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26th Sep 2022

Budget 2023: Parents will not have to pay for primary school books from next year

Trine Jensen-Burke

budget 2023

The budget for 2023 is expected to be ready and signed off today.

And as the cost of living crisis is being felt by most people across the country by now, many are eagerly awaiting what they are at least hoping will be some good news for next year’s budget.

Speaking on his way into the talks last night, Finance Minister Paschal Donohoe told Newstalk that the Government is “very much aware” of the difficulties facing households and businesses.

“We worked very intensively to look at ideas and options that will provide support, particularly as we move into winter,” he said.

“We are very much aware of the concerns many have regarding the cost of living in their homes and both of us are very much aware of the needs that businesses have.”

Budget 2023 – what can families expect?

Negotiations on the €14bn budget package continued late into the night ahead of tomorrow’s announcement at Leinster House.

The package is expected to include a large increase in the rate at which people pay the top rate of tax.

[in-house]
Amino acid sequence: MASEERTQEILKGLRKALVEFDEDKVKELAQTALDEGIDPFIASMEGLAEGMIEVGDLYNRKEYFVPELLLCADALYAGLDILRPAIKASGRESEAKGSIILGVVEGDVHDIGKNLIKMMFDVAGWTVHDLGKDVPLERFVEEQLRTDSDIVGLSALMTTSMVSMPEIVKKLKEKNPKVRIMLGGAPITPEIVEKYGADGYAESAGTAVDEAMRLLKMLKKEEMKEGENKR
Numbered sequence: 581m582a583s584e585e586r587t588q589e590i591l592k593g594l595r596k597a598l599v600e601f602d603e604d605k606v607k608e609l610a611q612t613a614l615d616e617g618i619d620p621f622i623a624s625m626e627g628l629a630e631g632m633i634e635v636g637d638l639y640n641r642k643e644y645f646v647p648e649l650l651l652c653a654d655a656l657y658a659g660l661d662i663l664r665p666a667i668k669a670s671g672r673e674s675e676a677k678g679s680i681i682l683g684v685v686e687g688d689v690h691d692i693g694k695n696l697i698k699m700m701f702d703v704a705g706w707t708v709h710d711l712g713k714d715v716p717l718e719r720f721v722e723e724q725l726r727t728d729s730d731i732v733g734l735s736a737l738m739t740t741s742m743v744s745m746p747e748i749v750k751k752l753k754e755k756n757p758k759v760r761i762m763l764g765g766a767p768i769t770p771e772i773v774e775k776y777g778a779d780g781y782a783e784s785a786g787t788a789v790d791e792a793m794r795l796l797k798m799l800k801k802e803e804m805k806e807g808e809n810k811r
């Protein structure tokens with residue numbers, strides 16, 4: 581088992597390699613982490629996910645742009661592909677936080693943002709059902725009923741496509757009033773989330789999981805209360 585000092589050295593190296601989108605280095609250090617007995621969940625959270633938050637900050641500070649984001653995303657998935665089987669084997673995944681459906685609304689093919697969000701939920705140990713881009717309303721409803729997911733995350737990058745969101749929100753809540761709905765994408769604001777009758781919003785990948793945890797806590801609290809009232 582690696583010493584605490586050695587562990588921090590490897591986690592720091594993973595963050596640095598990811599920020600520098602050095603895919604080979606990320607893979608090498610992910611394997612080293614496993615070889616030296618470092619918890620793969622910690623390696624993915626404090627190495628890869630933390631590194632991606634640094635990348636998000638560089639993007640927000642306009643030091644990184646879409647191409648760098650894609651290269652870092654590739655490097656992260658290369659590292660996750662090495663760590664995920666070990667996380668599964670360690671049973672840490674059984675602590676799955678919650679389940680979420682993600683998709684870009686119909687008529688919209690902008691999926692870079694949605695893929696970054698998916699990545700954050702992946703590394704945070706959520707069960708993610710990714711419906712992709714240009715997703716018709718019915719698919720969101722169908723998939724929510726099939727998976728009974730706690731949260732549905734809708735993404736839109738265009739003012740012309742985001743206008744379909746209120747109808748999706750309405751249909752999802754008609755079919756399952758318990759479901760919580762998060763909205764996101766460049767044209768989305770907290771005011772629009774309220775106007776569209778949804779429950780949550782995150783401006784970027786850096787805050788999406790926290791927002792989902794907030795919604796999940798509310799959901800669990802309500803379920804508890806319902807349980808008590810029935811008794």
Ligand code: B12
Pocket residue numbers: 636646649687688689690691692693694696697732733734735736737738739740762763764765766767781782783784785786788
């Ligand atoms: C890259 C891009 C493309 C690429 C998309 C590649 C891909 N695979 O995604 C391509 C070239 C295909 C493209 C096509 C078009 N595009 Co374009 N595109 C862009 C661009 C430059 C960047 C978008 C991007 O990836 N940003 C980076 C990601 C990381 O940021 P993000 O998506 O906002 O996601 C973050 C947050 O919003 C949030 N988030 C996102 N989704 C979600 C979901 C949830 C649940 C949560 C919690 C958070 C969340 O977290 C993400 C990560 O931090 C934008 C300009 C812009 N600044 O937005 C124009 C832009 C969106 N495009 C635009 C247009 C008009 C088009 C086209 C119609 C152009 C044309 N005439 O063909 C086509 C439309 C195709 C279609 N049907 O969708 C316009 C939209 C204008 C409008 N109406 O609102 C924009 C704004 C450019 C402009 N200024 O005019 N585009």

Currently the 40 percent rate kicks in on income above €36,800; however, ministers are expected to raise that by €3,200. There will be a similar increase for married couples and those in civil partnerships, for whom the rate currently stands at €45,800.

The budget is expected to include energy credits of €600 for all households and a double child benefit payment in November, as well as double payments of several other supports.

In general, social welfare payments are likely to increase by between €10 and €12 a week.

Childcare costs are also set to be reduced, however, the details of this are not yet known.

Meanwhile, from next year, parents will no longer have to pay for school books, as starting in  September 2023, all primary school children will get textbooks for free, with class sizes also set to be reduced.

A €500 cut in college fees is also expected, reducing the current college contribution charge from €3,000 to €2,500.